Thursday, May 26, 2016



Prl Harbor: Zero Hour When I first hrd that the same engine from Airfix Dogfighter was being put to use inPrl Harbor: Zero Hour, I knew that I was in for some concentrated gaming goodness. Airfix Dogfighter’s grt flight model and mission design scored big points with me and I was sure that, with the same setup, Zero Hour would captivate me just as much — even more given that Airfix Dogfighter was one of the shortest games I’ve played in a long time. And as the switch from a domestic, toys-at-war setting to a slightly more rlistic Pacific Thter setting was also intriguing, I prepared myself for hours and hours of fun and delight.

How many of you know where I’m going with this alrdy?
Score two points if you’ve alrdy rlized that Prl Harbor: Zero Hour is, in my humble estimation, hardly worth your time. The premise of the game is simple enough. You assume the role of a United States pilot during the Second World War. You’ll battle your way across the Pacific in ten separate missions flying up to 14 different aircraft. Using a carrier or airstrip as your base, you’ll choose your plane and set off in a mission to either blow up a ship or blow up an airfield — sometimes both. For every target you destroy you rn points; once you blow up, you can use these points to buy new planes and continue the mission.
That happens a lot.

The planes are well chosen. Wilds, Hells and Corsairs will battle it out with Zekes, Vals and Kates. You’ll also be able to try your hand at the Mustang, the Thundebolt and the Lightning. The Devastator and Avenger fill the torpedo-bombing role, while the Flying Fortresses, Mitchells and Super Fortresses take care of your larger ground attacks.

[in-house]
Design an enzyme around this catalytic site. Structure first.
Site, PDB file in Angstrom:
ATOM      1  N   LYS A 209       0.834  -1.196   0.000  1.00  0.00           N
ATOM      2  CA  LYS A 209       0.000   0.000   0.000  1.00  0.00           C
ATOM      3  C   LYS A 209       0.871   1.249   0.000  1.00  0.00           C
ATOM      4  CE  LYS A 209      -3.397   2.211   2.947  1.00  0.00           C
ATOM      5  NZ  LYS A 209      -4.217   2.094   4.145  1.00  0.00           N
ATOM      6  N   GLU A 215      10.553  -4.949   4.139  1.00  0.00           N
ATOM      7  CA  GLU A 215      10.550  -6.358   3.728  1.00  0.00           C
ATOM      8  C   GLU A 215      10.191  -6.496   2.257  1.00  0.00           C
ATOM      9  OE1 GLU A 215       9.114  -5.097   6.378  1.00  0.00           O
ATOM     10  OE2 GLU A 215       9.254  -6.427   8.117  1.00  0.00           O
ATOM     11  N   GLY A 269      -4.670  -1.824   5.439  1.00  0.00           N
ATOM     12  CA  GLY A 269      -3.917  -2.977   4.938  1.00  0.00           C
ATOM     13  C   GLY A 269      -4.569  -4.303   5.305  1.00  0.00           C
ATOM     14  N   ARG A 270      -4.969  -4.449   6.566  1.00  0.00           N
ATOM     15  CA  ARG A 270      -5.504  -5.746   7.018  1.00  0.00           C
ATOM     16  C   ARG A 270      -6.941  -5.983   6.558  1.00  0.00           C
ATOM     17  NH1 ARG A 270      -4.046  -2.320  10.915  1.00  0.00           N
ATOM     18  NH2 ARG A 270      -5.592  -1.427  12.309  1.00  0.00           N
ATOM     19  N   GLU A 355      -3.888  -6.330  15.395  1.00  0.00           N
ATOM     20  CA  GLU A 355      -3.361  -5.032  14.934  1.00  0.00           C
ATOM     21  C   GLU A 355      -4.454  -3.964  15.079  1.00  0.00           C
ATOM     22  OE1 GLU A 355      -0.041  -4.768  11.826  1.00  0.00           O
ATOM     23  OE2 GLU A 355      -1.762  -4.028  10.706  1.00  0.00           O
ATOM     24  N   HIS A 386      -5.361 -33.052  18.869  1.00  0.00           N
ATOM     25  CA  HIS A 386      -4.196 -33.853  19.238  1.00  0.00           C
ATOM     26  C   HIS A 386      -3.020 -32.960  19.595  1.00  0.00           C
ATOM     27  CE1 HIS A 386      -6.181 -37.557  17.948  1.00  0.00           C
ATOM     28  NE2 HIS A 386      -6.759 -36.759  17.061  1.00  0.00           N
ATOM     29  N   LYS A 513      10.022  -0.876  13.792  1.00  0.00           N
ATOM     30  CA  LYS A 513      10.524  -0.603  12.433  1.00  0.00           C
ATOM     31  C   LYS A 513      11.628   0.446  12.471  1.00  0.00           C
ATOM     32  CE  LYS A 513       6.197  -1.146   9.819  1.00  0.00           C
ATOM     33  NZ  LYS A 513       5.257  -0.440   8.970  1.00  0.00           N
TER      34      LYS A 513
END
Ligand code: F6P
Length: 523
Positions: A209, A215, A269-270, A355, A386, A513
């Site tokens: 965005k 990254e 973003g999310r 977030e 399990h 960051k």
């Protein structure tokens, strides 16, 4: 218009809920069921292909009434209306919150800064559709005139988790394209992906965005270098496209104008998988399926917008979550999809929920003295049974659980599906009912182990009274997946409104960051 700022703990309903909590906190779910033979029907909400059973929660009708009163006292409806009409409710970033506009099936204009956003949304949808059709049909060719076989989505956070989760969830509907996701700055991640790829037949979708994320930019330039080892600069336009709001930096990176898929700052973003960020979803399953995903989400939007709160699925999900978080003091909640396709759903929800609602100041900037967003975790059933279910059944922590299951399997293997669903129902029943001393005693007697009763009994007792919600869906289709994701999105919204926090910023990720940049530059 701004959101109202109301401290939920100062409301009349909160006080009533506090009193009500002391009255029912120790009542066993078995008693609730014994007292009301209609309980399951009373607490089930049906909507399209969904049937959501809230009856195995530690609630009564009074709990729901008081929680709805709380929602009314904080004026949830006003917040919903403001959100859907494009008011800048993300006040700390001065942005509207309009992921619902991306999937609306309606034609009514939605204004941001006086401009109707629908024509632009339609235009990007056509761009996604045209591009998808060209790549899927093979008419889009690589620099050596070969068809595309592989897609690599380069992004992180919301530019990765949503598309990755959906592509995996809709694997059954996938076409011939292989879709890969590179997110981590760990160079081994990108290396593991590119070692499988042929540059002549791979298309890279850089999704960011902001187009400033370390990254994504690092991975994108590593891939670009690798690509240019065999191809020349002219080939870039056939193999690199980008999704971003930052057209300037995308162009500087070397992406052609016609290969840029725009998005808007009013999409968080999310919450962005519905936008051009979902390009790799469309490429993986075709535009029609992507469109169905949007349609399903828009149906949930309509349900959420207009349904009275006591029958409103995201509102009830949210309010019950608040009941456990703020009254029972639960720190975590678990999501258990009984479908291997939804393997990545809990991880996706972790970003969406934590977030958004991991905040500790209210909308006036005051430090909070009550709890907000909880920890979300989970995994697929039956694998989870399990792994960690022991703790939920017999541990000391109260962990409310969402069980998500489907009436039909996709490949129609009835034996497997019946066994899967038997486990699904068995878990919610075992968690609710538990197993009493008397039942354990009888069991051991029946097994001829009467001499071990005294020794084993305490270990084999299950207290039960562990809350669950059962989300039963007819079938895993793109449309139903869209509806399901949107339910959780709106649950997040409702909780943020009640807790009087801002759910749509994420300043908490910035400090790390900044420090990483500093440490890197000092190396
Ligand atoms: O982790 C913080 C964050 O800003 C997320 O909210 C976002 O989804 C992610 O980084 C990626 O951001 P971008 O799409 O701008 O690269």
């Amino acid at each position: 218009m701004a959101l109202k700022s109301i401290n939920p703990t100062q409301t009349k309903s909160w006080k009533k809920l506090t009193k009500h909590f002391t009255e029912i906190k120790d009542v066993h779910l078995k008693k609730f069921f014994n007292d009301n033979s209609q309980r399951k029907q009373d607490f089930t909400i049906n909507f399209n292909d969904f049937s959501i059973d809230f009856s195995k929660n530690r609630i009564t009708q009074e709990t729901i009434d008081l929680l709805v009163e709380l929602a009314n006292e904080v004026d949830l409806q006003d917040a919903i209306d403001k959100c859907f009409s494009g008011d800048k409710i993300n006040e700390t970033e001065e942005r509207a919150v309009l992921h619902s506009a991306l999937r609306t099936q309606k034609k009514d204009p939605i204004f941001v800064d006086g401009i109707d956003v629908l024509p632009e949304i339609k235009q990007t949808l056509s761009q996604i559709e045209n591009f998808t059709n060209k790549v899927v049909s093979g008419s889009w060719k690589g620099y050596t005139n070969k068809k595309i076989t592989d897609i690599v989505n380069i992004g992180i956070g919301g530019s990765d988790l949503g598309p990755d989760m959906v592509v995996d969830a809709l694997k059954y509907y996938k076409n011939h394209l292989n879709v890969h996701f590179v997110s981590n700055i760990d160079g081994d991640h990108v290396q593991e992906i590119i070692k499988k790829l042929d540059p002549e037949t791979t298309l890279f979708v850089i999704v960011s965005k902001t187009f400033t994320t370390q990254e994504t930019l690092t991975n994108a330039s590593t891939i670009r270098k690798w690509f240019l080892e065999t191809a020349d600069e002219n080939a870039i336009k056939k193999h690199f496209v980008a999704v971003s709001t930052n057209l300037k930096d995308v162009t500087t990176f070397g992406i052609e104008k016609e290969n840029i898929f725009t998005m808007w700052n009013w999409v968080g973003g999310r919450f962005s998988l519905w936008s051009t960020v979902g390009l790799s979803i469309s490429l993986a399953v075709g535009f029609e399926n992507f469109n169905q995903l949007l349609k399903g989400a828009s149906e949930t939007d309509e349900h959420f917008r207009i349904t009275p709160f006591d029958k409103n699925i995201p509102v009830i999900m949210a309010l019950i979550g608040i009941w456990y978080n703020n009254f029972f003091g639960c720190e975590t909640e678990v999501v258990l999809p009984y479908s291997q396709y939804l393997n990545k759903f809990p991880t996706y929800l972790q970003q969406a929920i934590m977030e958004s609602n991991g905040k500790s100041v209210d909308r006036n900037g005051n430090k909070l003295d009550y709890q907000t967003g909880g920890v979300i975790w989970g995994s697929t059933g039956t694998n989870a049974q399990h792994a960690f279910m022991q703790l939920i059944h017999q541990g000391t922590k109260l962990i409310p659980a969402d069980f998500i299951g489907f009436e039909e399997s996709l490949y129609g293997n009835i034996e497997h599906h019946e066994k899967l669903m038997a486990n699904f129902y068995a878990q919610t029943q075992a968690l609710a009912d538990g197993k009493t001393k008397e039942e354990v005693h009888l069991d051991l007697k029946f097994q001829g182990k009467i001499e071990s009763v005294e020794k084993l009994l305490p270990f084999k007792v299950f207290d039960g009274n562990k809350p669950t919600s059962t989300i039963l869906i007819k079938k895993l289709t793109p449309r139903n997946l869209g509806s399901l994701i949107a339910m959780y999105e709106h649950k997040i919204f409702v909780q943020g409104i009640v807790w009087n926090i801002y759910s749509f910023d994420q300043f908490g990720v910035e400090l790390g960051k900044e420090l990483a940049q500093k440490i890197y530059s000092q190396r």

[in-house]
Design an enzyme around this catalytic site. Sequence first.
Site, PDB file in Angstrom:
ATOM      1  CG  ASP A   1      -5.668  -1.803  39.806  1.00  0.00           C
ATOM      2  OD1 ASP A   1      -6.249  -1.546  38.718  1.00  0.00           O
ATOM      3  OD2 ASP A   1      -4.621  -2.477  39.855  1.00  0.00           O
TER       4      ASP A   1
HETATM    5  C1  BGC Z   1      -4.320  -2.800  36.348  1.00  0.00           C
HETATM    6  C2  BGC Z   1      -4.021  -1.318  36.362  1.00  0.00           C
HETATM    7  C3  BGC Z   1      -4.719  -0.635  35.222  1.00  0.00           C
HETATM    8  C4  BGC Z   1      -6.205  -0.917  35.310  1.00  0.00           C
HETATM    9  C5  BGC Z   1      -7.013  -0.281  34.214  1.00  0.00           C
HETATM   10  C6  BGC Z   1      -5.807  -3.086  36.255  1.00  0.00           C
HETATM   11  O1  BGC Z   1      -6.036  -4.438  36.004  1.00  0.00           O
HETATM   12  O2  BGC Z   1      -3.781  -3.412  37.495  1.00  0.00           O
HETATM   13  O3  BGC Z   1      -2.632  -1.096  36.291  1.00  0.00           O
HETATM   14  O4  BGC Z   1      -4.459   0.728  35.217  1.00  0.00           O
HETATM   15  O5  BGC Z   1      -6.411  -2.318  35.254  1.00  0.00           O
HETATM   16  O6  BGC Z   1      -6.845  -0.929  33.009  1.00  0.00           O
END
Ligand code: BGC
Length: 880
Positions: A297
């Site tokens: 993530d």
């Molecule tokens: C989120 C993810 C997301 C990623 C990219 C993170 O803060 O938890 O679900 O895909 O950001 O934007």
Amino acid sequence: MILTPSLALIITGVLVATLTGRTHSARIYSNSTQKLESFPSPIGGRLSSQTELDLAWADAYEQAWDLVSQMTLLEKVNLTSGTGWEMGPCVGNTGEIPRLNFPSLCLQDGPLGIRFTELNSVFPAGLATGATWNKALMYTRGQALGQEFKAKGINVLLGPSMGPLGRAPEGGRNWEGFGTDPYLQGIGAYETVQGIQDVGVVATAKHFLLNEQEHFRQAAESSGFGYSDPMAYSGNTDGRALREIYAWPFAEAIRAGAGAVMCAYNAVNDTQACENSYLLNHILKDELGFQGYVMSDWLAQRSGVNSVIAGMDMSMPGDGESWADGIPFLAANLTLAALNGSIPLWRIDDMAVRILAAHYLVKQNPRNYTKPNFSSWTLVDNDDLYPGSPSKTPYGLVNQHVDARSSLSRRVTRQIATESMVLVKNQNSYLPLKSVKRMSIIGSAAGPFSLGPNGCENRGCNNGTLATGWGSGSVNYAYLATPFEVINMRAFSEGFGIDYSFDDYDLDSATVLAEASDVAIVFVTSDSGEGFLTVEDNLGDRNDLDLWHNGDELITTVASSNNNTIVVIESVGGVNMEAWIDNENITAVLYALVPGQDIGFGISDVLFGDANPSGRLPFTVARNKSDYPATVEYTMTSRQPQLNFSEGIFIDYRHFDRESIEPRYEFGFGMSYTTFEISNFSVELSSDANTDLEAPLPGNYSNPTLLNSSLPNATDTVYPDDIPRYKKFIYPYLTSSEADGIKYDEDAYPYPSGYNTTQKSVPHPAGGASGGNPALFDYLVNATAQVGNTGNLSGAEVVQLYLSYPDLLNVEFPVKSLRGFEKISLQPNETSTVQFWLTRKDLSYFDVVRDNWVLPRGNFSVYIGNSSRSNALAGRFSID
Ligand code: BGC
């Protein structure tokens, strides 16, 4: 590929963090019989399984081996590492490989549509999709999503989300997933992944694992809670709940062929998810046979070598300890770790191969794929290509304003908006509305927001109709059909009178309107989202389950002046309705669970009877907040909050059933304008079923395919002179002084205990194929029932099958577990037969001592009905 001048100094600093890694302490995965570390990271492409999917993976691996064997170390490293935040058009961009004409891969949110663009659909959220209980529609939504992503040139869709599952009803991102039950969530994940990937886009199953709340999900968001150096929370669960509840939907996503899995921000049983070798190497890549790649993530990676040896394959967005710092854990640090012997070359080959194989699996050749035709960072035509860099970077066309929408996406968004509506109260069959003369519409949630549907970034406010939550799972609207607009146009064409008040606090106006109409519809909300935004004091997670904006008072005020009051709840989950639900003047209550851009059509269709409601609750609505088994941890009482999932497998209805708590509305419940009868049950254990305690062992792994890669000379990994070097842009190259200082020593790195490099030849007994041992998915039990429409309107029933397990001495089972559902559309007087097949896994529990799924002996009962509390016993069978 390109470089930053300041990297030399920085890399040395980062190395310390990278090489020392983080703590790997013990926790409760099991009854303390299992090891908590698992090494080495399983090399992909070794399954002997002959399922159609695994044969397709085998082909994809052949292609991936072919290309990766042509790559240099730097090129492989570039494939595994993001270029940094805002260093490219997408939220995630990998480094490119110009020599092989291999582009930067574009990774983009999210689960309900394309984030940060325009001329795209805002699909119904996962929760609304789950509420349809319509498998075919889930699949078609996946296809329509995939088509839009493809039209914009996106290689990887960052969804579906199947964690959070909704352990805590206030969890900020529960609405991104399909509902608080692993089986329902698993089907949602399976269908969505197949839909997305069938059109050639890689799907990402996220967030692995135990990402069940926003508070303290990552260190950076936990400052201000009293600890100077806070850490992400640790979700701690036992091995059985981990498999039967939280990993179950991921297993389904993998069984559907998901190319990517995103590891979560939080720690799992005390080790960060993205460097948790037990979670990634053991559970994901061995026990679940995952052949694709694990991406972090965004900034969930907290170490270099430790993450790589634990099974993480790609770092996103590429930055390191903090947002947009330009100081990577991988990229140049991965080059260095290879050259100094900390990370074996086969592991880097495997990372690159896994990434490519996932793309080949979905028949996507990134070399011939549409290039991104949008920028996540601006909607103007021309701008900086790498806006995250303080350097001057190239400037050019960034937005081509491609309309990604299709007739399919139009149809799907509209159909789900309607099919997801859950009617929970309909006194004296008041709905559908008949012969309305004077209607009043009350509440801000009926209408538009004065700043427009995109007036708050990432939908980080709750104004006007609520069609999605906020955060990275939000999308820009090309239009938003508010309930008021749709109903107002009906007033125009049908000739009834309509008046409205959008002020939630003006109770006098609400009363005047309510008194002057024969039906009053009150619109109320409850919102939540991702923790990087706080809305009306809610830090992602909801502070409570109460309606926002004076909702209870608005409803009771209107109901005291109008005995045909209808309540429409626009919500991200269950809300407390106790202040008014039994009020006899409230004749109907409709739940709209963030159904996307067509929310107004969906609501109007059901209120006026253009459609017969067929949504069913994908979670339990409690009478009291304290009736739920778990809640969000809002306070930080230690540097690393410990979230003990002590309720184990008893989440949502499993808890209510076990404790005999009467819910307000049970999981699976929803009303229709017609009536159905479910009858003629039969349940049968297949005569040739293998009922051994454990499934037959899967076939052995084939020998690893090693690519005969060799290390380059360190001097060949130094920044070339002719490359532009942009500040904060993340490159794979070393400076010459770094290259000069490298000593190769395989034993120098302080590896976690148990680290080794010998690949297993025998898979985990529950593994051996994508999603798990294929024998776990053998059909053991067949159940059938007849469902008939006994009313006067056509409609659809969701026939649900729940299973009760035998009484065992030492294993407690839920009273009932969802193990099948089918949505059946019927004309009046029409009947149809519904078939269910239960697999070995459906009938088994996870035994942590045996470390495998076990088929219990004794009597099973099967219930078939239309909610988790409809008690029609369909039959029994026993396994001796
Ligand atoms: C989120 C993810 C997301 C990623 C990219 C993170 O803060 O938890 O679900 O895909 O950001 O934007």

ch plane is rated from one to four in ch of four ars — speed, armor, agility and fuel. There’s plenty of difference between a plane with a speed of two and a plane with a speed of four. More important, however is your wpon loadout. Often you’ll pick a plane because it’s the only plane that carries torpedoes or rockets. Almost all the planes have some form of secondary armament so you won’t be totally lost. Oh, there are also three hidden planes, but I’m not telling you how to find them.

So let’s talk flight model. While the arcade model of Airfix Dogfighter was seriously limited, the model here is much more so. There are no rudder controls, only three settings for speed and no chance at all to cross over the Z-axis or to roll more than 70 or 80 degrees in any direction. These limitations, combined with the fact that you can only play the game in a top down perspective.

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